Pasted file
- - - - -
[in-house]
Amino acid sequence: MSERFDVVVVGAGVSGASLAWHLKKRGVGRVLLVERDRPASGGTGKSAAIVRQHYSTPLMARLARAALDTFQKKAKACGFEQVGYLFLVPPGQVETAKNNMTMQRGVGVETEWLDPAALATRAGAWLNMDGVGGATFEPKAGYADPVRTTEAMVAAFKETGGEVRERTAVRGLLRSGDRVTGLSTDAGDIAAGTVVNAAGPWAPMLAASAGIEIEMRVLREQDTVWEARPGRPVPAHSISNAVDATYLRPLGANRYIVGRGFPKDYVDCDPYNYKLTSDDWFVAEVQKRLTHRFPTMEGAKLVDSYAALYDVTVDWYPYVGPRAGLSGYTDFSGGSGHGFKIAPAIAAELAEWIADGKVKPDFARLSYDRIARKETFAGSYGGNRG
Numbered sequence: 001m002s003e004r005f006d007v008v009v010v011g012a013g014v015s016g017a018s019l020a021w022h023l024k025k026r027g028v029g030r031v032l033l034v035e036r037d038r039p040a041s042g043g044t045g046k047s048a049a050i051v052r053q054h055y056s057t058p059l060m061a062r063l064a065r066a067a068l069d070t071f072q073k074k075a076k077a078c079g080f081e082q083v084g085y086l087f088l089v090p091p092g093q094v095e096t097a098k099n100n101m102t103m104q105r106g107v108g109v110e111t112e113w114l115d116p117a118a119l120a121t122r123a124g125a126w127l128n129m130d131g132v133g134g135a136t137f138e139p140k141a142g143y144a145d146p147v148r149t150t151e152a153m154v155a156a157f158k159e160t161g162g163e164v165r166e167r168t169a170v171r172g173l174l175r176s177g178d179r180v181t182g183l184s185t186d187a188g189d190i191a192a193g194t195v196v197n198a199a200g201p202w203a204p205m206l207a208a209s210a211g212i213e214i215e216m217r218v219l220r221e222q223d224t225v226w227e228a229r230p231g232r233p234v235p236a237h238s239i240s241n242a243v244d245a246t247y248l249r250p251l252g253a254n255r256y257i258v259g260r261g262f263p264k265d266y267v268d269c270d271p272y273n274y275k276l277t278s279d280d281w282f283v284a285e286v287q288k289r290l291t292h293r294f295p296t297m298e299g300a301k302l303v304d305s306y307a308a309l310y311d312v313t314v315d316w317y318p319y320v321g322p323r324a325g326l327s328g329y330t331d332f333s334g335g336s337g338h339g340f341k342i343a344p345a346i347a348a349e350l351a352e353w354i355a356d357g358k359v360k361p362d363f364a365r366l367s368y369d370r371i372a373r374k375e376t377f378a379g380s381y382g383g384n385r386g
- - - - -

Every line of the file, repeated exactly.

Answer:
[in-house]
Amino acid sequence: MSERFDVVVVGAGVSGASLAWHLKKRGVGRVLLVERDRPASGGTGKSAAIVRQHYSTPLMARLARAALDTFQKKAKACGFEQVGYLFLVPPGQVETAKNNMTMQRGVGVETEWLDPAALATRAGAWLNMDGVGGATFEPKAGYADPVRTTEAMVAAFKETGGEVRERTAVRGLLRSGDRVTGLSTDAGDIAAGTVVNAAGPWAPMLAASAGIEIEMRVLREQDTVWEARPGRPVPAHSISNAVDATYLRPLGANRYIVGRGFPKDYVDCDPYNYKLTSDDWFVAEVQKRLTHRFPTMEGAKLVDSYAALYDVTVDWYPYVGPRAGLSGYTDFSGGSGHGFKIAPAIAAELAEWIADGKVKPDFARLSYDRIARKETFAGSYGGNRG
Numbered sequence: 001m002s003e004r005f006d007v008v009v010v011g012a013g014v015s016g017a018s019l020a021w022h023l024k025k026r027g028v029g030r031v032l033l034v035e036r037d038r039p040a041s042g043g044t045g046k047s048a049a050i051v052r053q054h055y056s057t058p059l060m061a062r063l064a065r066a067a068l069d070t071f072q073k074k075a076k077a078c079g080f081e082q083v084g085y086l087f088l089v090p091p092g093q094v095e096t097a098k099n100n101m102t103m104q105r106g107v108g109v110e111t112e113w114l115d116p117a118a119l120a121t122r123a124g125a126w127l128n129m130d131g132v133g134g135a136t137f138e139p140k141a142g143y144a145d146p147v148r149t150t151e152a153m154v155a156a157f158k159e160t161g162g163e164v165r166e167r168t169a170v171r172g173l174l175r176s177g178d179r180v181t182g183l184s185t186d187a188g189d190i191a192a193g194t195v196v197n198a199a200g201p202w203a204p205m206l207a208a209s210a211g212i213e214i215e216m217r218v219l220r221e222q223d224t225v226w227e228a229r230p231g232r233p234v235p236a237h238s239i240s241n242a243v244d245a246t247y248l249r250p251l252g253a254n255r256y257i258v259g260r261g262f263p264k265d266y267v268d269c270d271p272y273n274y275k276l277t278s279d280d281w282f283v284a285e286v287q288k289r290l291t292h293r294f295p296t297m298e299g300a301k302l303v304d305s306y307a308a309l310y311d312v313t314v315d316w317y318p319y320v321g322p323r324a325g326l327s328g329y330t331d332f333s334g335g336s337g338h339g340f341k342i343a344p345a346i347a348a349e350l351a352e353w354i355a356d357g358k359v360k361p362d363f364a365r366l367s368y369d370r371i372a373r374k375e376t377f378a379g380s381y382g383g384n385r386g